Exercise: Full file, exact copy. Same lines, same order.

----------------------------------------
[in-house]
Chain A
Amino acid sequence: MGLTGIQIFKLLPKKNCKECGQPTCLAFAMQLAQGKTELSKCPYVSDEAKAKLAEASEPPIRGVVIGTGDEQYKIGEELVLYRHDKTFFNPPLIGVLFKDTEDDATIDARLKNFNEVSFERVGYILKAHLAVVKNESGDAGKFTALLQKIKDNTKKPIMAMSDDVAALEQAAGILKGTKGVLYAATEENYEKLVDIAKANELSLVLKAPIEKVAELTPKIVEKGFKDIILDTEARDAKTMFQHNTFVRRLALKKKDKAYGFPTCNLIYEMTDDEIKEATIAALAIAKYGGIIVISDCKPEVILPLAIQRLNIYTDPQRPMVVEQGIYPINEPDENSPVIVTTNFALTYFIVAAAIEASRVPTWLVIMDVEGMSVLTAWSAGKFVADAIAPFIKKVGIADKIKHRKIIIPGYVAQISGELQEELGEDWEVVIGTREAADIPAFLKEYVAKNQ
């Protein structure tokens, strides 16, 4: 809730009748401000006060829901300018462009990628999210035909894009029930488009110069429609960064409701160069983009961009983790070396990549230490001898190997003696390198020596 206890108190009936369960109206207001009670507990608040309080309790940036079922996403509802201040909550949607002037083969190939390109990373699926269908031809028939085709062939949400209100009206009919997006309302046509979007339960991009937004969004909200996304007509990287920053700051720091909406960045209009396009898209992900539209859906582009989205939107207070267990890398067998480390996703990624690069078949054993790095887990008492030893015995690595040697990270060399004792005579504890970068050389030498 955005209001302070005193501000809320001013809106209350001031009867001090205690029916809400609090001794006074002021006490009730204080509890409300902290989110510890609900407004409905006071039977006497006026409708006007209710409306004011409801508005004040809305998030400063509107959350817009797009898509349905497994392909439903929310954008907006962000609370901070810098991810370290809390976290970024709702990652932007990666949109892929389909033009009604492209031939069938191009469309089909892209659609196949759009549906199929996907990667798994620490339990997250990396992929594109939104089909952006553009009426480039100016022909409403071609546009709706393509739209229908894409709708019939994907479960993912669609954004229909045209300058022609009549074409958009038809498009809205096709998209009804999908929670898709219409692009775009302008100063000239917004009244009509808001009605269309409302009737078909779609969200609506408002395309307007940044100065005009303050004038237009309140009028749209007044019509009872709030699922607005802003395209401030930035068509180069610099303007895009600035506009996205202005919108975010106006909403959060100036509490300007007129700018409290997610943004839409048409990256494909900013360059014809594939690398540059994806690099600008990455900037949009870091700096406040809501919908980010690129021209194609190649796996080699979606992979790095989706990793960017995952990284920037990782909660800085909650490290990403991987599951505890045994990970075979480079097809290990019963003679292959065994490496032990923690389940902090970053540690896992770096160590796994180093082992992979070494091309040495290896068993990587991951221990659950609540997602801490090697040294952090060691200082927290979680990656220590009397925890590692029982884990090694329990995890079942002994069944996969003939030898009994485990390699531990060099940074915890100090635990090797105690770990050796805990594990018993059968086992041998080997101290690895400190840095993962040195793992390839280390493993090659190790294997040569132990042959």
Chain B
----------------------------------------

[in-house]
Chain A
Amino acid sequence: MGLTGIQIFKLLPKKNCKECGQPTCLAFAMQLAQGKTELSKCPYVSDEAKAKLAEASEPPIRGVVIGTGDEQYKIGEELVLYRHDKTFFNPPLIGVLFKDTEDDATIDARLKNFNEVSFERVGYILKAHLAVVKNESGDAGKFTALLQKIKDNTKKPIMAMSDDVAALEQAAGILKGTKGVLYAATEENYEKLVDIAKANELSLVLKAPIEKVAELTPKIVEKGFKDIILDTEARDAKTMFQHNTFVRRLALKKKDKAYGFPTCNLIYEMTDDEIKEATIAALAIAKYGGIIVISDCKPEVILPLAIQRLNIYTDPQRPMVVEQGIYPINEPDENSPVIVTTNFALTYFIVAAAIEASRVPTWLVIMDVEGMSVLTAWSAGKFVADAIAPFIKKVGIADKIKHRKIIIPGYVAQISGELQEELGEDWEVVIGTREAADIPAFLKEYVAKNQ
């Protein structure tokens, strides 16, 4: 809730009748401000006060829901300018462009990628999210035909894009029930488009110069429609960064409701160069983009961009983790070396990549230490001898190997003696390198020596 206890108190009936369960109206207001009670507990608040309080309790940036079922996403509802201040909550949607002037083969190939390109990373699926269908031809028939085709062939949400209100009206009919997006309302046509979007339960991009937004969004909200996304007509990287920053700051720091909406960045209009396009898209992900539209859906582009989205939107207070267990890398067998480390996703990624690069078949054993790095887990008492030893015995690595040697990270060399004792005579504890970068050389030498 955005209001302070005193501000809320001013809106209350001031009867001090205690029916809400609090001794006074002021006490009730204080509890409300902290989110510890609900407004409905006071039977006497006026409708006007209710409306004011409801508005004040809305998030400063509107959350817009797009898509349905497994392909439903929310954008907006962000609370901070810098991810370290809390976290970024709702990652932007990666949109892929389909033009009604492209031939069938191009469309089909892209659609196949759009549906199929996907990667798994620490339990997250990396992929594109939104089909952006553009009426480039100016022909409403071609546009709706393509739209229908894409709708019939994907479960993912669609954004229909045209300058022609009549074409958009038809498009809205096709998209009804999908929670898709219409692009775009302008100063000239917004009244009509808001009605269309409302009737078909779609969200609506408002395309307007940044100065005009303050004038237009309140009028749209007044019509009872709030699922607005802003395209401030930035068509180069610099303007895009600035506009996205202005919108975010106006909403959060100036509490300007007129700018409290997610943004839409048409990256494909900013360059014809594939690398540059994806690099600008990455900037949009870091700096406040809501919908980010690129021209194609190649796996080699979606992979790095989706990793960017995952990284920037990782909660800085909650490290990403991987599951505890045994990970075979480079097809290990019963003679292959065994490496032990923690389940902090970053540690896992770096160590796994180093082992992979070494091309040495290896068993990587991951221990659950609540997602801490090697040294952090060691200082927290979680990656220590009397925890590692029982884990090694329990995890079942002994069944996969003939030898009994485990390699531990060099940074915890100090635990090797105690770990050796805990594990018993059968086992041998080997101290690895400190840095993962040195793992390839280390493993090659190790294997040569132990042959």
Chain B